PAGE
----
Thailand update: Suthep calls for more rallies; still no word on Democrats’ election participation

A quick update:

Reuters reports today that faced with dwindling numbers or demonstrators, protest leader Suthep Thaugsuban has called for marches on Thursday (tomorrow) and Friday and a gathering on Sunday:

Anti-government demonstrators in Thailand said they will step up their protests in an attempt to force Prime Minister Yingluck Shinawatra from office and push through electoral reforms before a general election is held.

The number of protesters camped on the street in the capital has dwindled to about 2,000 over the past week but their leader, former deputy premier Suthep Thaugsuban, called for marches in central Bangkok on Thursday and Friday, followed by a big rally on Sunday.

It will be interesting to watch the turnout.

Meanwhile, the Democrats have yet to decide whether or not they’ll take part in February’s elections. Bloomberg says:

Thailand’s main opposition party, which re-elected former Prime Minister Abhisit Vejjajiva as leader yesterday, will meet Dec. 21 to decide whether to boycott a snap election forced by protests that gripped the capital.

The Democrat Party faces a tough call on whether to run in the Feb. 2 polls as its stands to be hurt “both ways” by its decision, Abhisit told reporters in Bangkok yesterday after the group’s meeting, where members voted overwhelmingly to re-elect him. New and past board members of the party and former lawmakers will be invited to the take part in the decision-making gathering, he said.

Other links:

A recent BBC video report from Northeastern Thailand shows — in case it were ever in doubt — the extent of political polarization here. (Click through to view it.)

And the WSJ‘s Southeast Asia Real time has a story on Thais who are trying to remain neutral amid the political crisis:

Amid political protests that have divided Thailand into two opposing camps – those in support of the government and those against it – a third voice is being silenced for trying to remain neutral.

These “Silent” or “Indifferent Thais,” as they’ve been dubbed by both sides, have chosen to stay out of a battle that has seen protesters opposed to the government of Prime Minister Yingluck Shinawatra take to the streets in ever larger numbers over the past few weeks.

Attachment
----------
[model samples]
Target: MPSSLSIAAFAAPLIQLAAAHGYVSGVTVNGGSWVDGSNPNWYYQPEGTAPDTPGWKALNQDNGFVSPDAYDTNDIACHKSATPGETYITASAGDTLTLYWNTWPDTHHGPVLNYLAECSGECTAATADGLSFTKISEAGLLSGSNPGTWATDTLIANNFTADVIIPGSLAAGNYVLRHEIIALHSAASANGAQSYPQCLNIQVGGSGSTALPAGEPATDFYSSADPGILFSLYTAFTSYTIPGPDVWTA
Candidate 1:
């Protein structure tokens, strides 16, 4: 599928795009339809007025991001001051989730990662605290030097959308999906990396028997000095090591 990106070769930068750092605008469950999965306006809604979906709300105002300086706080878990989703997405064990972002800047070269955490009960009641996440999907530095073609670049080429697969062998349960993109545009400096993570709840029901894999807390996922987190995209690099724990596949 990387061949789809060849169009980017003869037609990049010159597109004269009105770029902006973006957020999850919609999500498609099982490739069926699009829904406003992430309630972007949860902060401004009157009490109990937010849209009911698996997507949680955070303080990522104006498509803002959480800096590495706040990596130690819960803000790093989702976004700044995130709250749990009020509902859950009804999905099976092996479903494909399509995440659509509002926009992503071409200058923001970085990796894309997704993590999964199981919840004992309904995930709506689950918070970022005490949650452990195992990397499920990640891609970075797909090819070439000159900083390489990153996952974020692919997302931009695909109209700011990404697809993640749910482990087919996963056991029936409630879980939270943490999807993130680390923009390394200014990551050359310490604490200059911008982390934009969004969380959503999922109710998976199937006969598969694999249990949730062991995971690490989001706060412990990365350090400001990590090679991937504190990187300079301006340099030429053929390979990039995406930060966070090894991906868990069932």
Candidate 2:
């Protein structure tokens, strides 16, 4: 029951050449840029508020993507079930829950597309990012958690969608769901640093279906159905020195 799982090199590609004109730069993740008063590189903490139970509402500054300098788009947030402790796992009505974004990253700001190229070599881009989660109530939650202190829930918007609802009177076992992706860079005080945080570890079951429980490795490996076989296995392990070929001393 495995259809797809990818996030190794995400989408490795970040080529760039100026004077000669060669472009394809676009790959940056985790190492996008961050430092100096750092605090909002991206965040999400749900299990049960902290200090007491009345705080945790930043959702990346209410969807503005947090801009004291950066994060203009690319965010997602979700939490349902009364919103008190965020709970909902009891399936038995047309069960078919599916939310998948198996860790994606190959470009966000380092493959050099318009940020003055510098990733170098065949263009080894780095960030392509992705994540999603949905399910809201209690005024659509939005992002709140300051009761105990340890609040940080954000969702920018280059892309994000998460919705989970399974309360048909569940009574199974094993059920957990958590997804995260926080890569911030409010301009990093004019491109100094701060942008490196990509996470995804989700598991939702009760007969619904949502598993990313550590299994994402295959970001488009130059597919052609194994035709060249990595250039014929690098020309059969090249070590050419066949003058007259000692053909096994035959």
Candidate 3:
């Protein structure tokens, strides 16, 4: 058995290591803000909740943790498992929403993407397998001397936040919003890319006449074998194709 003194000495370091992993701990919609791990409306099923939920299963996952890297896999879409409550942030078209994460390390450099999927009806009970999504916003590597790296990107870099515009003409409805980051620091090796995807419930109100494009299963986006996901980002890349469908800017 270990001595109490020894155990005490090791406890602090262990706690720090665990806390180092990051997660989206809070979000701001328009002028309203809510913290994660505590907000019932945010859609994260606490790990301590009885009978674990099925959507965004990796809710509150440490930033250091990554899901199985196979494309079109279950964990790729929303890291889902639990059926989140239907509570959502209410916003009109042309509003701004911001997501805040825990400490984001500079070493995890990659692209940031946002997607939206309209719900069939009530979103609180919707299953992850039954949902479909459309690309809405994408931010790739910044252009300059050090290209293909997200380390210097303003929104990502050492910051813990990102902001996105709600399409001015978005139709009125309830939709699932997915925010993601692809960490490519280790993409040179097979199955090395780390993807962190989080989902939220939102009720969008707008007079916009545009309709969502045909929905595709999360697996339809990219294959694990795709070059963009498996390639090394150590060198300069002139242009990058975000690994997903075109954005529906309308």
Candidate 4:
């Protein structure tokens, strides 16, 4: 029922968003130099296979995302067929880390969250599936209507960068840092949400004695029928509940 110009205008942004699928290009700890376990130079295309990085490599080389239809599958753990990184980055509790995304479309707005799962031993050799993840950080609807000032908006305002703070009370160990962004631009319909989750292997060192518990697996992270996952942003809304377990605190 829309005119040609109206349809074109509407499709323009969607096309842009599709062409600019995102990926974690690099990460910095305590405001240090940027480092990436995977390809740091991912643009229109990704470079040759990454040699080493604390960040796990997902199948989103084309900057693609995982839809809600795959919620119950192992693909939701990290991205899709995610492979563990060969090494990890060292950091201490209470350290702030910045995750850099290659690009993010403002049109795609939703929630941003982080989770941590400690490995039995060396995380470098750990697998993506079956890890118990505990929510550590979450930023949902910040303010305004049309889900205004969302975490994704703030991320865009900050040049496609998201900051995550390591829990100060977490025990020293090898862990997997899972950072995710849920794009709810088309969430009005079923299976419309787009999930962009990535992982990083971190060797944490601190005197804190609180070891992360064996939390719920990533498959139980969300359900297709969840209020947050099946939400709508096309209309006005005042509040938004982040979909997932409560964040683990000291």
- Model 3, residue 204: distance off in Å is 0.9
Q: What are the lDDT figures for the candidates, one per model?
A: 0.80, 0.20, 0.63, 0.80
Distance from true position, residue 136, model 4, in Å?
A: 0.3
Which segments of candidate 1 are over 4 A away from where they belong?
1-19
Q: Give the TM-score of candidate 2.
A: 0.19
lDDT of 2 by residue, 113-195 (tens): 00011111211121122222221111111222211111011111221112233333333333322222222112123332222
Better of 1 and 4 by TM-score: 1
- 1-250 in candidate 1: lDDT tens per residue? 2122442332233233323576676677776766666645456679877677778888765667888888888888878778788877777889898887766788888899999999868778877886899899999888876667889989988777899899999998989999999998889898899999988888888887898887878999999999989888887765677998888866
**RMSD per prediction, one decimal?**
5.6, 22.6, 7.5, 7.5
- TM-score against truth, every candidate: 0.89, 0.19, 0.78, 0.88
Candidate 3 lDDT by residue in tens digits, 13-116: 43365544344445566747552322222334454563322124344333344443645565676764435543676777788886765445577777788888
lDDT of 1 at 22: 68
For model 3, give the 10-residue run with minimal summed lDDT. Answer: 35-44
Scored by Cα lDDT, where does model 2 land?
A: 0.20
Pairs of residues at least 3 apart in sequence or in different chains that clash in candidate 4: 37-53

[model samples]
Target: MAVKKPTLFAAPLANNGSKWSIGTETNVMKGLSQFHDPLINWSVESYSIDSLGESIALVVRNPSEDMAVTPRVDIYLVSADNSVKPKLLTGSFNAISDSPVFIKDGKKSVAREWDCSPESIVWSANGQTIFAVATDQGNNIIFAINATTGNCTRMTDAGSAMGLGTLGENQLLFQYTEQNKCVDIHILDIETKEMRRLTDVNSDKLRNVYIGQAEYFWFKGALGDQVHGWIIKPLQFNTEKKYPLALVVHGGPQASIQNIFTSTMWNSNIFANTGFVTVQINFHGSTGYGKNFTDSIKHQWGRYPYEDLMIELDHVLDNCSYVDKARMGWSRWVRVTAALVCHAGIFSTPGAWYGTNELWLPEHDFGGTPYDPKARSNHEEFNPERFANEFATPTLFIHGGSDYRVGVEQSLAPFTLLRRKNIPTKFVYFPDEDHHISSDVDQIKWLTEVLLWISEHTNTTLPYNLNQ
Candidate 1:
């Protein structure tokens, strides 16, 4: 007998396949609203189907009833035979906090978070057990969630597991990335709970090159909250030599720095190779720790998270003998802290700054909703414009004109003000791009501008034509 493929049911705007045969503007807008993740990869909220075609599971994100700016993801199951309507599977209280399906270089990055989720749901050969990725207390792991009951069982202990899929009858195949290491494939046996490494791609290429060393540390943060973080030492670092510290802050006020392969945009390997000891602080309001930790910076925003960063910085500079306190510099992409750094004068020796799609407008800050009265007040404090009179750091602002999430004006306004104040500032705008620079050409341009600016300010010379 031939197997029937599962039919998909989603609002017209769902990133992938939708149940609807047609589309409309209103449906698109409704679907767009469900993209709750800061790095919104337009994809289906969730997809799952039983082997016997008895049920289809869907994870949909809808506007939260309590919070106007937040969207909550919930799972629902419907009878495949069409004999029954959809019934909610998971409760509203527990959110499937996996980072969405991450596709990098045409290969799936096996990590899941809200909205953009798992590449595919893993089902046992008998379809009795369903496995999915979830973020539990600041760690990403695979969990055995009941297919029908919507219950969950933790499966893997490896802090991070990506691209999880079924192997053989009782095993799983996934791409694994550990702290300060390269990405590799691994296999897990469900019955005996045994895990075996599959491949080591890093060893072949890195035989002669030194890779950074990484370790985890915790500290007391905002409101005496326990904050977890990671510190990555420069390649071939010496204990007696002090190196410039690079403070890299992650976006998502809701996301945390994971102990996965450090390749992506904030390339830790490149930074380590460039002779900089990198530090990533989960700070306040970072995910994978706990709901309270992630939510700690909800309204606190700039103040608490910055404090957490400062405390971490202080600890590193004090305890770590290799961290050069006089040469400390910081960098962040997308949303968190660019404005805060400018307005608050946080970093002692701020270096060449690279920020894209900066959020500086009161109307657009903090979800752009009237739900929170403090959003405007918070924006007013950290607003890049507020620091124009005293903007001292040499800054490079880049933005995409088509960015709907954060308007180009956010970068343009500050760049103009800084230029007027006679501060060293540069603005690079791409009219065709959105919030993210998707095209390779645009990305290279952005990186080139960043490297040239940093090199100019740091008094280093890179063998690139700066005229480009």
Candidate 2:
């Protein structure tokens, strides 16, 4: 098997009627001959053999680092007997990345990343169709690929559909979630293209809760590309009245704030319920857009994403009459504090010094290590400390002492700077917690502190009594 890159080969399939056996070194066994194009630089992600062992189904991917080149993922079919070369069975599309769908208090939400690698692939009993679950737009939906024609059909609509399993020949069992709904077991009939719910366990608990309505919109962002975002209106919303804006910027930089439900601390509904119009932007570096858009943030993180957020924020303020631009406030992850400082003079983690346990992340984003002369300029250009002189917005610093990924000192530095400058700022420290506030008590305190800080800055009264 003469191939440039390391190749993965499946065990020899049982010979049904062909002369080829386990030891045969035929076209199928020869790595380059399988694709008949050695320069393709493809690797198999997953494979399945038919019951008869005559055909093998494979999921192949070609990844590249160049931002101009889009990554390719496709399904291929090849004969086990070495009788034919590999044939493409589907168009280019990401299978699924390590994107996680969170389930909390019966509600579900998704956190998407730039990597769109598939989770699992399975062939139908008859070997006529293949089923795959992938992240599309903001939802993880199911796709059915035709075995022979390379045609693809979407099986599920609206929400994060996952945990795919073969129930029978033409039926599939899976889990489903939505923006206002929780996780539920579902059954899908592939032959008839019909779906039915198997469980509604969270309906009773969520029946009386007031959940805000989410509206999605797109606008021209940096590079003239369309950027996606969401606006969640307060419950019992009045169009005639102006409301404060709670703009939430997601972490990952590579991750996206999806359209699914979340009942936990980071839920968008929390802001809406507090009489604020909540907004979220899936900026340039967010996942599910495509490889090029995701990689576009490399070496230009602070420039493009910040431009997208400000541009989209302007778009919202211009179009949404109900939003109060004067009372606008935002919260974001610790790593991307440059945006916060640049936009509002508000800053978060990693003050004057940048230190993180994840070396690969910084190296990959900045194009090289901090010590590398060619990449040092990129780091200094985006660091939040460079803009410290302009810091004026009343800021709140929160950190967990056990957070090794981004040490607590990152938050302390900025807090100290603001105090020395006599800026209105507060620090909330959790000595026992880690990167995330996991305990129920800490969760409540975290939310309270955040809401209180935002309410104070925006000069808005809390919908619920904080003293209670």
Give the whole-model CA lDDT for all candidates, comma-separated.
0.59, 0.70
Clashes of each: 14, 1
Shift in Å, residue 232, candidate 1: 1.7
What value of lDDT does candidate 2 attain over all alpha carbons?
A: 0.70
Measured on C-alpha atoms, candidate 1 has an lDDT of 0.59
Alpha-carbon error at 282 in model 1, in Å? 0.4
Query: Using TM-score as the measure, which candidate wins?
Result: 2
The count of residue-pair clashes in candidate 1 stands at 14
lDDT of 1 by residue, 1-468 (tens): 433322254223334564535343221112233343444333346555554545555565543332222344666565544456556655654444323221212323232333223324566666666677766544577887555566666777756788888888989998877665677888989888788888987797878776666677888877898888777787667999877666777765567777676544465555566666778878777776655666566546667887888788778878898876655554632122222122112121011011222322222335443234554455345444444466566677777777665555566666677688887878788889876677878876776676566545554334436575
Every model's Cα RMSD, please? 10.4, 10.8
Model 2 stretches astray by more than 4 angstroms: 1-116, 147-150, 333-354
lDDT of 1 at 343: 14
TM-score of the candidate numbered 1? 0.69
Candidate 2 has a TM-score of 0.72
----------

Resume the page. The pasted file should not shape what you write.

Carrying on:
As the situations escalates, Thais who have tried their hardest not to get involved say the divisions in the country are making their lives harder.

“Talking politics in daily life is difficult these days as it could easily lead to fierce arguments,” said 41-year-old Dome Promayorn, a sales manager for a consumer good’s company in Bangkok.

He has chosen not to join the rallies because he says the protest leaders lack “vision,” but his wife has regularly been attending the protests without him.

Worth a read.

And finally, Here’s a cartoon from a recent edition of the International New York Times that produced some interesting replies when I shared it on Twitter Monday.

Thailand update: We’ve reached a stalemate

Hurry up and wait.

Those looking for a speedy solution to Thailand’s ongoing political crisis might be feeling that way at the moment. Protest leader Suthep Thaugsuban continues to insist PM Yingluck quit; she she refuses to do that, having already dissolved parliament.

Suthep says he won’t participate in government-sponsored reform talks, and it’s unclear whether or not the Democrats will take part in elections set for Feb. 2.

Recent days have, however, brought a few basic details on Suthep’s proposal for a new system of government. Reuters reports:

The leader of a protest group trying to overthrow Thailand’s government and scrap planned elections said on Friday the prime minister should either step down or be forced out, and his movement would then need around a year to push through reforms.

Suthep Thaugsuban, a lawmaker who resigned from parliament to lead the protest, and his allies have spoken of a volunteer police force, decentralization of power and electoral reform – but apart from that have been short on specifics.


The “soft way out” of the impasse, Suthep said, was for Yingluck to quit and let his council push through reforms. Failing that, the people would simply seize power, he said.

“Once we complete this in 12 to 14 months’ time … everything will return to normal,” Suthep said.

Elsewhere, here are some other stories worth checking out:

Updates here will be less frequent than earlier unless there’s big news. As always, follow me on Twitter for more regular dispatches.

Thailand update: Yingluck won’t quit, details from Suthep, more drone journalism

Here’s the latest:

Yingluck won’t quit.

The AP reports:

Prime Minister Yingluck Shinawatra said Tuesday she would not resign ahead of national elections set for Feb. 2, despite opposition demands she step down as the caretaker head of government.

Yingluck spoke one day after she announced elections — and one day after the main opposition leader ended a massive protest rally of 150,000 people by insisting his movement had now assumed broad political power.


Yingluck told reporters Tuesday that ‘‘I must do my duty as caretaker prime minister according to the constitution.’’

She became choked up when asked about her family’s role in Thai politics.

‘‘I’m not without emotion,’’ she said, her voice quavering. ‘‘I’m also Thai. Do you want me not to step foot on Thai soil anymore?

‘‘I have retreated as far as I can. So I ask to be treated fairly,’’ she said, turning and walking quickly away from the podium.

Embedded above and on YouTube here is video.

Suthep provides details